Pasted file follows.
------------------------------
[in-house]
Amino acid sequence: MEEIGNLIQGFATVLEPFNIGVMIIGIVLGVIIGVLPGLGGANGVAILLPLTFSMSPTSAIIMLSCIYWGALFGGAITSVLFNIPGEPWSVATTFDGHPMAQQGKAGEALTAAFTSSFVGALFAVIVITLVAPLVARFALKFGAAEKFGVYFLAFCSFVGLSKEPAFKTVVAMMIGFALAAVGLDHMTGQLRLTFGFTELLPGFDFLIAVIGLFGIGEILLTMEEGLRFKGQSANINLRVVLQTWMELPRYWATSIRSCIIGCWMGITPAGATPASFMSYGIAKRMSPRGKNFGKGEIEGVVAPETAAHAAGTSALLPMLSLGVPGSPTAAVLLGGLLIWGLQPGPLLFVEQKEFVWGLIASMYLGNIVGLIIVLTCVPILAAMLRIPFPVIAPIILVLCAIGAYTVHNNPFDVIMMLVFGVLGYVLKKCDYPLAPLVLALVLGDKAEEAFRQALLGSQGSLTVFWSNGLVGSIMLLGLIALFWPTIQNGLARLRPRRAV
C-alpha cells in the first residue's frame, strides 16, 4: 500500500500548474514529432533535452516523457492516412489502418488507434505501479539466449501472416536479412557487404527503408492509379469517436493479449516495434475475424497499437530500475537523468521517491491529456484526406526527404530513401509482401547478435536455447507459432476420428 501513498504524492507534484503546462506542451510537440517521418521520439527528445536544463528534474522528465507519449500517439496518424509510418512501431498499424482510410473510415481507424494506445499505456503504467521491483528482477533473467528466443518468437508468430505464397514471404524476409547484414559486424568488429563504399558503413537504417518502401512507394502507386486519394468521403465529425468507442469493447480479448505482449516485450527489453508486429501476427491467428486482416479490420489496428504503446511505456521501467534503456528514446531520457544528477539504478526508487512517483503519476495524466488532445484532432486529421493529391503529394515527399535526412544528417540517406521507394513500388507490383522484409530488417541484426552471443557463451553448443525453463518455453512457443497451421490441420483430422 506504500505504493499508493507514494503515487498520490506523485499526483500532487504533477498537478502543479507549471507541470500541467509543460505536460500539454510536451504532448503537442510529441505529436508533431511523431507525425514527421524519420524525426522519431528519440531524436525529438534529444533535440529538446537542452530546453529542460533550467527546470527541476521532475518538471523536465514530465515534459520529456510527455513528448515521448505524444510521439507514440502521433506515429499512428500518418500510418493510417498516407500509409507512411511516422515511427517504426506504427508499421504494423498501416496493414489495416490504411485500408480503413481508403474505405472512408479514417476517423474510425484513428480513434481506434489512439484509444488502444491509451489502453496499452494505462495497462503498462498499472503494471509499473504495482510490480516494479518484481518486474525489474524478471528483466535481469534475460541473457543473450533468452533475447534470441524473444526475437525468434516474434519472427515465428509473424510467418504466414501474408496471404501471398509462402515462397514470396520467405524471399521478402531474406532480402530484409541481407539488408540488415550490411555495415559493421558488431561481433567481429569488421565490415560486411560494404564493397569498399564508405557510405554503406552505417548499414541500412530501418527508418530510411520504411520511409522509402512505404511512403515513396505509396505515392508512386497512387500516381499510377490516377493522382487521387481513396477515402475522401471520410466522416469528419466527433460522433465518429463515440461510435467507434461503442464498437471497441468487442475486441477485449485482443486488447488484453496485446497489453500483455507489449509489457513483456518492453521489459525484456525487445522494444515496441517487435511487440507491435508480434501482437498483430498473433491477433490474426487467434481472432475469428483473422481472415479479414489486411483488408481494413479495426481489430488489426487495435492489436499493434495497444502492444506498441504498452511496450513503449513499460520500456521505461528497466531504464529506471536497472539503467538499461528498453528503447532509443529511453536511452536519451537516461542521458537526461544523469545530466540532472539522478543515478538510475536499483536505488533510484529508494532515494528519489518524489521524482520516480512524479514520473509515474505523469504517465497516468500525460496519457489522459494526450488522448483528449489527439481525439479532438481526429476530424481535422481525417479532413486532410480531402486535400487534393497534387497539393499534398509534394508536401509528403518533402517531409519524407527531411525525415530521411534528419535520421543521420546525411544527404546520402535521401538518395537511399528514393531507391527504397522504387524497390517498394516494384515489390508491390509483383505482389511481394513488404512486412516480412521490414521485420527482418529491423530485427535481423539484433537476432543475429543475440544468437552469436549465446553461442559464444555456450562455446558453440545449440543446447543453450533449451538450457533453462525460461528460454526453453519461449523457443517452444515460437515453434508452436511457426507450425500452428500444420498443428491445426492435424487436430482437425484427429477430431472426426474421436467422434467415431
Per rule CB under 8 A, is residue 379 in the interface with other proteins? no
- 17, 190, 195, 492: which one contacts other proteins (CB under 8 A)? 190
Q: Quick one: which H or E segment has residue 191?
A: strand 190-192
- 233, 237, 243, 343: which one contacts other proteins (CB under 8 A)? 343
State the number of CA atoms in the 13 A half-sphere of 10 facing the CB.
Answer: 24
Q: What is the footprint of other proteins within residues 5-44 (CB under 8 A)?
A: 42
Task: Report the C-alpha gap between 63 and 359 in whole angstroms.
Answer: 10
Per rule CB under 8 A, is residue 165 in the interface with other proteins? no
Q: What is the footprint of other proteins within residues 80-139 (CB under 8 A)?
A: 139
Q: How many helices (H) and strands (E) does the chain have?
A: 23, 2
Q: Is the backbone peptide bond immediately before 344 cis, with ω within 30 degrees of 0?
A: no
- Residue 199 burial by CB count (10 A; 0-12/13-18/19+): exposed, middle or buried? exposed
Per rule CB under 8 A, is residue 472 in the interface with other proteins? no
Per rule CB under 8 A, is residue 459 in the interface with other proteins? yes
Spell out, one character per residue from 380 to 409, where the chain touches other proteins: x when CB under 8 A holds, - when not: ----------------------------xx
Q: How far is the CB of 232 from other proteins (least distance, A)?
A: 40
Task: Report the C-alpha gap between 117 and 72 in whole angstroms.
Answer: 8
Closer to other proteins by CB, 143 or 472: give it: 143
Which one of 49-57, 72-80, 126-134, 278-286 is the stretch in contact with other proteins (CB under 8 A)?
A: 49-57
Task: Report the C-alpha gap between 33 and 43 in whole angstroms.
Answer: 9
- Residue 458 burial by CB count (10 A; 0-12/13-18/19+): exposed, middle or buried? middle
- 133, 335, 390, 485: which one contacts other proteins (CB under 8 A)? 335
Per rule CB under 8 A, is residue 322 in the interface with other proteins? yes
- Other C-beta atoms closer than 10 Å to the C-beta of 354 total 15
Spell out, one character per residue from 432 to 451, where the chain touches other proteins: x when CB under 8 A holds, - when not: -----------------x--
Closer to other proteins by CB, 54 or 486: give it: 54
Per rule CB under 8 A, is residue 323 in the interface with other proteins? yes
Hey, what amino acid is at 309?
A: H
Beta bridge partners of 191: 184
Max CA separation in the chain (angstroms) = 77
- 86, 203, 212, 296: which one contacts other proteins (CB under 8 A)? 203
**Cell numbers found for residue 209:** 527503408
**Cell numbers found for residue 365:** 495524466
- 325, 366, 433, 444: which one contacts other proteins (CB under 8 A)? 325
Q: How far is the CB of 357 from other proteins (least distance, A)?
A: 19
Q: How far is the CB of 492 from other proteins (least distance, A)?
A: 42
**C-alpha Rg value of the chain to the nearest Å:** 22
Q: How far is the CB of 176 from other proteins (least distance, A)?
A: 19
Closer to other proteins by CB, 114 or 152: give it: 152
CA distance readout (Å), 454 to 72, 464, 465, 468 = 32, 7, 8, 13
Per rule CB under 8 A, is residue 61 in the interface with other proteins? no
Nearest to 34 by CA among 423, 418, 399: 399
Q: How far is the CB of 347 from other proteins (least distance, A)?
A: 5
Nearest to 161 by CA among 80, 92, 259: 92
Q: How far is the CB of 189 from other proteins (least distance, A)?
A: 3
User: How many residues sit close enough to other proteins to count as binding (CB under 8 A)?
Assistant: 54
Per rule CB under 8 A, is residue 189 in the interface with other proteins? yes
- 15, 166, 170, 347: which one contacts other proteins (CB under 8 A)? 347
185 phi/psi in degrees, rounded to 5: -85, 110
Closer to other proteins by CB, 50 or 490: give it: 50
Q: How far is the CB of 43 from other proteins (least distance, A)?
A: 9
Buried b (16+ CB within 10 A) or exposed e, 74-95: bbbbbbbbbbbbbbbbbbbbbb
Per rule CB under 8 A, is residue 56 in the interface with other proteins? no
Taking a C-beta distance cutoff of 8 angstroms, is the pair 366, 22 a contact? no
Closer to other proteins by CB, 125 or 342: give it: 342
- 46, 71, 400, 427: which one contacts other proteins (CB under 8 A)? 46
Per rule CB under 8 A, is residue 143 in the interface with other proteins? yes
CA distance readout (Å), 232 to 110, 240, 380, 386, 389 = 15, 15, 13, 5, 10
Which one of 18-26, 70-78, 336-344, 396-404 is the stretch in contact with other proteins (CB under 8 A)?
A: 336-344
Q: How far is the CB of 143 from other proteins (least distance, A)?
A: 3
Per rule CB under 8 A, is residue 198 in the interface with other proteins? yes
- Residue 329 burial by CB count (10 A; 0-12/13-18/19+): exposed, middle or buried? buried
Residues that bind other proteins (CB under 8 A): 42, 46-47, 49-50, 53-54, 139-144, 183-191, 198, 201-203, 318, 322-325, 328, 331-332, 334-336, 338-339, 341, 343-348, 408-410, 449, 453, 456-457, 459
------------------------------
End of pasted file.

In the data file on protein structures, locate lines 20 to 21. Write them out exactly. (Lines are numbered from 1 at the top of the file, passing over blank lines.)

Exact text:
Q: Is the backbone peptide bond immediately before 344 cis, with ω within 30 degrees of 0?
A: no